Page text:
Posts Tagged ‘income gap’

by Daphna Whitmore

povertyA big new research project has been launched by the government. Called “A Better Start – E Tipu e Rea“, it is to run for ten years, with $34 million funding to “improve the potential of young New Zealanders to have a healthy and successful life”.

It will focus “on those tamariki most at risk of obesity, learning and mental health problems – those for whom we can make the most difference. These are Māori, Pacific and poorer children, who carry an unfair burden … Māori and Pacific communities are helping to design, execute and interpret our research in a way that is culturally right for them.”

While giving a nod to poverty being a factor, will the researchers get to the heart of the economic system?

Will they tackle the fundamental causes of inequality and consider who creates wealth and who gets it under capitalism? Will they establish why the majority of people earn only modest incomes and why there is a chronic shortage of jobs? In other words, will the research expose the capitalist disparity-creating system? (more…)

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by Daphna Whitmore

On the eve of Waitangi Day thousands of people marched in protest against the Trans-Pacific Partnership Agreement. Many Maori took part believing the TPPA will undermine indigenous rights. That protest was expected to spill over into Waitangi Day events, but with John Key staying away from Waitangi the annual February 6 protests have been muted. That left Steven Joyce to take one for the team and cop a flying sex toy.

waitangi2016

Despite Maori economic assests worth over $40billion, Treaty settlements have not ended Maori deprivation and poverty. (more…)

by Don Franks

“What we need is an outright ban on foreigners owning land or houses in New Zealand, a tough capital gains tax to drive local speculators and investors out of the housing market and a massive state house building programme to meet the housing quality and affordability crisis where it’s having its most devastating impact – on low income New Zealand tenants and families”.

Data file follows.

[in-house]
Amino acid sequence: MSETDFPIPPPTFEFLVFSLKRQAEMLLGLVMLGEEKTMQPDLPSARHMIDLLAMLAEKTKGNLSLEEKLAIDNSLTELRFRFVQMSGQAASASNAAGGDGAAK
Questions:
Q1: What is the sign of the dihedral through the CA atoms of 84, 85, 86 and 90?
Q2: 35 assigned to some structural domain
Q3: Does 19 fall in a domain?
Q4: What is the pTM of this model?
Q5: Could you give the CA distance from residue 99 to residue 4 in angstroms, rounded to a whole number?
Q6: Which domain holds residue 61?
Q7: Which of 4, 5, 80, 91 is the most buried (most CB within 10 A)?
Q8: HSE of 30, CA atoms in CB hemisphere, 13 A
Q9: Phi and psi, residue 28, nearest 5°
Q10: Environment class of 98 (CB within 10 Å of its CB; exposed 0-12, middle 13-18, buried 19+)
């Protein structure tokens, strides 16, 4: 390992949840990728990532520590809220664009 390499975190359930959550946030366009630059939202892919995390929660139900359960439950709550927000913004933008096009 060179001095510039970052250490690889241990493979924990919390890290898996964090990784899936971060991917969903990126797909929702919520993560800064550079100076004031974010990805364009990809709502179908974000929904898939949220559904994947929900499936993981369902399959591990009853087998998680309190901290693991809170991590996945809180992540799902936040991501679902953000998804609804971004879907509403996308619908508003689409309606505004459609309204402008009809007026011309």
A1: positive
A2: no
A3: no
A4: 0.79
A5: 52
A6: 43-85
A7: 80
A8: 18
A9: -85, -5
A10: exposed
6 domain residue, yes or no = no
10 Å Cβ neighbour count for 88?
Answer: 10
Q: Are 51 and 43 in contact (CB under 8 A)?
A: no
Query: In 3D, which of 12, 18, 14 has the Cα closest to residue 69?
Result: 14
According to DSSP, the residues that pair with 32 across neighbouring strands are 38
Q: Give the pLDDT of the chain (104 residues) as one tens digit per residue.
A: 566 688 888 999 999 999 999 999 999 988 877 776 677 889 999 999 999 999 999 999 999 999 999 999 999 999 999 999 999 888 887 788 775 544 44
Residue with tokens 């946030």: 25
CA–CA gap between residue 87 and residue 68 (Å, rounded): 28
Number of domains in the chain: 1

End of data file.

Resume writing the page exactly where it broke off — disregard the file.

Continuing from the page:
propertyThe author of the above is long-serving left activist John Minto, writing in The Daily Blog on July 13th “National playing the reverse card on housing”.

I think John is wrong here and his main proposition, actioned, can cause workers nothing but trouble.

I don’t have a problem with John’s second and third points – although, frankly, this side of a socialist revolution they’re just rhetoric.

“Driving local speculators and investors out of the housing market” has a nice Jesus cleansing the temple ring, but so long as private property is lawful, capitalists will be capitalists.

A massive state house building programme for low-income families sounds worthy and decent, but which builder will sign up for it while better returns are to be made housing the super rich? (more…)

indexby Daphna Whitmore

The election campaign was more colourful and circus-like than any I can recall. The result in the end was a lot more bland. National were miles ahead in every poll so it was no surprise they romped home on the night. They won the party vote in 59 out of 64 general electorates.

Although they could govern alone they won’t, and the government will be made up of the same parties as before.

National

On the leftish-blogosphere readers are being told to prepare for a grim three years where National will go full throttle neo-liberal. The same people have made the same predictions ever since National got in six years ago. They are still wrong. Key has signaled he has no surprises and that National are not about to lurch further to the right. Not only is Key not a neo-liberal, there is barely any support for that doctrine in NZ today.

Act

The Act Party has been on life-support for years, and this election they managed to outdo themselves by halving the tiny vote they got in 2011. Act’s best contribution to the political landscape is the proof they provide that money doesn’t win elections. The Internet Party likewise. (more…)

by Daphna Whitmore

The income gap widening is hardly news, but it keeps making the headlines.

An OECD report published December 2011 shows that inequality grew more in New Zealand than most other developed countries in the past two decades.

In that time, through Labour and National governments alike, the gap has become a chasm. (more…)